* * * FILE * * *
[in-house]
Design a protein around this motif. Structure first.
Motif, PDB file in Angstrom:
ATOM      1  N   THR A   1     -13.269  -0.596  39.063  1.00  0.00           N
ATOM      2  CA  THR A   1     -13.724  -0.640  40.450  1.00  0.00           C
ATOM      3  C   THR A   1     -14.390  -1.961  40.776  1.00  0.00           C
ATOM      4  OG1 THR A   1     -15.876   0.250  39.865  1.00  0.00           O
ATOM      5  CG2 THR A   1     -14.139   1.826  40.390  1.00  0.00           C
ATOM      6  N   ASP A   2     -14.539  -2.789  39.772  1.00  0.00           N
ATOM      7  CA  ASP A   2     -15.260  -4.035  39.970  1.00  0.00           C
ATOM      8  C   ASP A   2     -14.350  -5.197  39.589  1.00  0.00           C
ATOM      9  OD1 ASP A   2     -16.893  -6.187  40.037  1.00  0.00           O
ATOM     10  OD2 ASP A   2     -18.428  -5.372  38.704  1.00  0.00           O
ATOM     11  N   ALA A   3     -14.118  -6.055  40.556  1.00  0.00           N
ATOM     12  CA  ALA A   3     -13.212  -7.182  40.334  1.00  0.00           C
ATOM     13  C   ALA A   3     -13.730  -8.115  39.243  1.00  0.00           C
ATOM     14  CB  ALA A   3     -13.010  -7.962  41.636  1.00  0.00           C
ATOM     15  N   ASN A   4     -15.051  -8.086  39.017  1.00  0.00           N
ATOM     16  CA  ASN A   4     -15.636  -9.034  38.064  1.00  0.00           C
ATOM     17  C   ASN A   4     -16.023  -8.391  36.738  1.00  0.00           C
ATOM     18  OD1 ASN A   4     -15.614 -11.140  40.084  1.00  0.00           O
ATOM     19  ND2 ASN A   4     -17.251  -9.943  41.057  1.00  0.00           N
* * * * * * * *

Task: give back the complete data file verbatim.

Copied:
[in-house]
Design a protein around this motif. Structure first.
Motif, PDB file in Angstrom:
ATOM      1  N   THR A   1     -13.269  -0.596  39.063  1.00  0.00           N
ATOM      2  CA  THR A   1     -13.724  -0.640  40.450  1.00  0.00           C
ATOM      3  C   THR A   1     -14.390  -1.961  40.776  1.00  0.00           C
ATOM      4  OG1 THR A   1     -15.876   0.250  39.865  1.00  0.00           O
ATOM      5  CG2 THR A   1     -14.139   1.826  40.390  1.00  0.00           C
ATOM      6  N   ASP A   2     -14.539  -2.789  39.772  1.00  0.00           N
ATOM      7  CA  ASP A   2     -15.260  -4.035  39.970  1.00  0.00           C
ATOM      8  C   ASP A   2     -14.350  -5.197  39.589  1.00  0.00           C
ATOM      9  OD1 ASP A   2     -16.893  -6.187  40.037  1.00  0.00           O
ATOM     10  OD2 ASP A   2     -18.428  -5.372  38.704  1.00  0.00           O
ATOM     11  N   ALA A   3     -14.118  -6.055  40.556  1.00  0.00           N
ATOM     12  CA  ALA A   3     -13.212  -7.182  40.334  1.00  0.00           C
ATOM     13  C   ALA A   3     -13.730  -8.115  39.243  1.00  0.00           C
ATOM     14  CB  ALA A   3     -13.010  -7.962  41.636  1.00  0.00           C
ATOM     15  N   ASN A   4     -15.051  -8.086  39.017  1.00  0.00           N
ATOM     16  CA  ASN A   4     -15.636  -9.034  38.064  1.00  0.00           C
ATOM     17  C   ASN A   4     -16.023  -8.391  36.738  1.00  0.00           C
ATOM     18  OD1 ASN A   4     -15.614 -11.140  40.084  1.00  0.00           O
ATOM     19  ND2 ASN A   4     -17.251  -9.943  41.057  1.00  0.00           N